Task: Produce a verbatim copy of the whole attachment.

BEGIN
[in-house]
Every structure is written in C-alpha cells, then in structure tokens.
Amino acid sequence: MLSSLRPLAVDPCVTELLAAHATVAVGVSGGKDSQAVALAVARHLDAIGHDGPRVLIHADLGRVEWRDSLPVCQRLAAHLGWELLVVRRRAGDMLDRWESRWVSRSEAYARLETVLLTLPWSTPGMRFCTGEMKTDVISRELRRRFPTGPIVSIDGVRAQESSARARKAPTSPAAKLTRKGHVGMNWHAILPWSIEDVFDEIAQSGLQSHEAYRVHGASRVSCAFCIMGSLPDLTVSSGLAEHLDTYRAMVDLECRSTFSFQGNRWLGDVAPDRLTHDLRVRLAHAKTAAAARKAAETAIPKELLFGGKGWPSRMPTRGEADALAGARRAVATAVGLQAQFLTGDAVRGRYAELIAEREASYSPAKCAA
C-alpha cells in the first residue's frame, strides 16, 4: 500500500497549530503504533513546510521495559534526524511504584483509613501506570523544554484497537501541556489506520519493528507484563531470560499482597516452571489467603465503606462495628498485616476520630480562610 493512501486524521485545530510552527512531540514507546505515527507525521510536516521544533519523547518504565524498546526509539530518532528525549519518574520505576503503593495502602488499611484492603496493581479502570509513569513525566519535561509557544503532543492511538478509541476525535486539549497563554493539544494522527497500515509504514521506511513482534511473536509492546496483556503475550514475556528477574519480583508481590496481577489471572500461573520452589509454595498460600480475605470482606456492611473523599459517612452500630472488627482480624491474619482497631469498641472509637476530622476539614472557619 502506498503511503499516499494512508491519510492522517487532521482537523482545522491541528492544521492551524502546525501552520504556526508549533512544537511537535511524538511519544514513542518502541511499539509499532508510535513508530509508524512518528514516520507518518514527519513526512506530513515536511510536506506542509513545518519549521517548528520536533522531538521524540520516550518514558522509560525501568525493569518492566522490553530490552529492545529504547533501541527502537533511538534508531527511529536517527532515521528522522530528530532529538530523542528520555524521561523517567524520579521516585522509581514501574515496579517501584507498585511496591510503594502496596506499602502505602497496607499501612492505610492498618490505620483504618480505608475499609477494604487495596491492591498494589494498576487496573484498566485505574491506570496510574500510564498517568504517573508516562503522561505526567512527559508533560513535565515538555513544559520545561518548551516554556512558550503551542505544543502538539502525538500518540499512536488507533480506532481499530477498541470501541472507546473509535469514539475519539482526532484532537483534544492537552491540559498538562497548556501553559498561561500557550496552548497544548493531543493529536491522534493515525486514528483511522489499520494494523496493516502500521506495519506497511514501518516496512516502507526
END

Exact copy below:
[in-house]
Every structure is written in C-alpha cells, then in structure tokens.
Amino acid sequence: MLSSLRPLAVDPCVTELLAAHATVAVGVSGGKDSQAVALAVARHLDAIGHDGPRVLIHADLGRVEWRDSLPVCQRLAAHLGWELLVVRRRAGDMLDRWESRWVSRSEAYARLETVLLTLPWSTPGMRFCTGEMKTDVISRELRRRFPTGPIVSIDGVRAQESSARARKAPTSPAAKLTRKGHVGMNWHAILPWSIEDVFDEIAQSGLQSHEAYRVHGASRVSCAFCIMGSLPDLTVSSGLAEHLDTYRAMVDLECRSTFSFQGNRWLGDVAPDRLTHDLRVRLAHAKTAAAARKAAETAIPKELLFGGKGWPSRMPTRGEADALAGARRAVATAVGLQAQFLTGDAVRGRYAELIAEREASYSPAKCAA
C-alpha cells in the first residue's frame, strides 16, 4: 500500500497549530503504533513546510521495559534526524511504584483509613501506570523544554484497537501541556489506520519493528507484563531470560499482597516452571489467603465503606462495628498485616476520630480562610 493512501486524521485545530510552527512531540514507546505515527507525521510536516521544533519523547518504565524498546526509539530518532528525549519518574520505576503503593495502602488499611484492603496493581479502570509513569513525566519535561509557544503532543492511538478509541476525535486539549497563554493539544494522527497500515509504514521506511513482534511473536509492546496483556503475550514475556528477574519480583508481590496481577489471572500461573520452589509454595498460600480475605470482606456492611473523599459517612452500630472488627482480624491474619482497631469498641472509637476530622476539614472557619 502506498503511503499516499494512508491519510492522517487532521482537523482545522491541528492544521492551524502546525501552520504556526508549533512544537511537535511524538511519544514513542518502541511499539509499532508510535513508530509508524512518528514516520507518518514527519513526512506530513515536511510536506506542509513545518519549521517548528520536533522531538521524540520516550518514558522509560525501568525493569518492566522490553530490552529492545529504547533501541527502537533511538534508531527511529536517527532515521528522522530528530532529538530523542528520555524521561523517567524520579521516585522509581514501574515496579517501584507498585511496591510503594502496596506499602502505602497496607499501612492505610492498618490505620483504618480505608475499609477494604487495596491492591498494589494498576487496573484498566485505574491506570496510574500510564498517568504517573508516562503522561505526567512527559508533560513535565515538555513544559520545561518548551516554556512558550503551542505544543502538539502525538500518540499512536488507533480506532481499530477498541470501541472507546473509535469514539475519539482526532484532537483534544492537552491540559498538562497548556501553559498561561500557550496552548497544548493531543493529536491522534493515525486514528483511522489499520494494523496493516502500521506495519506497511514501518516496512516502507526